Unfed were the children of the Haida matron
who trawled the riverbank, hips squared, dress hiked,
when into the soft of her net plops a salmon
who was her son as recently as last autumn
and who, taken by a fast current, was drowned.
She knows him by the copper necklace she gave him
as a newborn, and said he could never take it off
because it tethered his soul to a physical body.
“My son,” she cries, “where have you been?”
And the fish says, “Mother, that day I left you
after spitting out that moldy salmon of yours
I went swimming with my friends, and drowned.
My soul floated like driftwood down the river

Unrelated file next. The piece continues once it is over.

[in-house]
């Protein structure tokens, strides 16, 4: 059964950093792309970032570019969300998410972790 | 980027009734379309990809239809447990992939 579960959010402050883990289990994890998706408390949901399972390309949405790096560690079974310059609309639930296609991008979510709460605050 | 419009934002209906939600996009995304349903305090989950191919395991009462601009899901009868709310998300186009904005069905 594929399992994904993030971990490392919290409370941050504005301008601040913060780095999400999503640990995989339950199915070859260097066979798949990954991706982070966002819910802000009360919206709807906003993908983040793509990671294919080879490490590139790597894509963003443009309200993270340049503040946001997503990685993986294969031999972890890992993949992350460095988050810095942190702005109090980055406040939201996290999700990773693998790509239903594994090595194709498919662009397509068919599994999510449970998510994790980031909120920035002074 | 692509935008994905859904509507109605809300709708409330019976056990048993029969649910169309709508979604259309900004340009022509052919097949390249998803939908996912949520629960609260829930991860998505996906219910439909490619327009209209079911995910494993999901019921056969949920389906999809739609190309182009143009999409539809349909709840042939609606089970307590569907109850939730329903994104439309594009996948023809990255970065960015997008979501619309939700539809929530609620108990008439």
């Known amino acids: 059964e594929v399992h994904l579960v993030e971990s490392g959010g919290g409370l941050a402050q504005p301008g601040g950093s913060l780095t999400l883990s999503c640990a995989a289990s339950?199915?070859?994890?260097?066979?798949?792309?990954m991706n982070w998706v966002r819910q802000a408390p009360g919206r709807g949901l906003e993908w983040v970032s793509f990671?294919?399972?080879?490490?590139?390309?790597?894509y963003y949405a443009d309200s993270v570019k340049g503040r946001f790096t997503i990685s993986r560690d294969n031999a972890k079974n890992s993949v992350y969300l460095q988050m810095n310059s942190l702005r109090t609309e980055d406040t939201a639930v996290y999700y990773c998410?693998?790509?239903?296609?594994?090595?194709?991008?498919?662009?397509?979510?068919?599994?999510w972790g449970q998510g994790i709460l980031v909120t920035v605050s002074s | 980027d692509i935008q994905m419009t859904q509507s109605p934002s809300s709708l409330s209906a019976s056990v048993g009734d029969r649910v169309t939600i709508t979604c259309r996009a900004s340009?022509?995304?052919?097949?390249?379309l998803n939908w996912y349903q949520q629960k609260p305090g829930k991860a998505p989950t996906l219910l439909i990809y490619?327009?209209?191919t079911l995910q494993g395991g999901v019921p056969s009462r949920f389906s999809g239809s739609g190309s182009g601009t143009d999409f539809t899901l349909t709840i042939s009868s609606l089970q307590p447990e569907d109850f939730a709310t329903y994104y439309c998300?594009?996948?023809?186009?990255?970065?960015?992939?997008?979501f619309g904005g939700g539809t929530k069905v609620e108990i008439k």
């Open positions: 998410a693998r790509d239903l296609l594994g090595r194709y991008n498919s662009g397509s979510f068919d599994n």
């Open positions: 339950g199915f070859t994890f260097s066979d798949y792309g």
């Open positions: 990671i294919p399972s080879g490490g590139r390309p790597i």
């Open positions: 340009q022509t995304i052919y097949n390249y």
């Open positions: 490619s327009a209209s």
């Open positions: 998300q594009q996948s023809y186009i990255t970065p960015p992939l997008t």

until I met the Salmon People on their way
to the ocean, who left behind their own bodies
for the hungry stomachs of bear and Haida.
They took me to their village in the deepest ocean,
which is just like our village, where they too
hunt for salmon in the streams. There they
taught me how to throw all of the fish bones
back into the river after I was done eating
so the salmon would come back to life intact.”
The mother scoffs. “Your father and I have been
telling you for years now to throw your bones back.”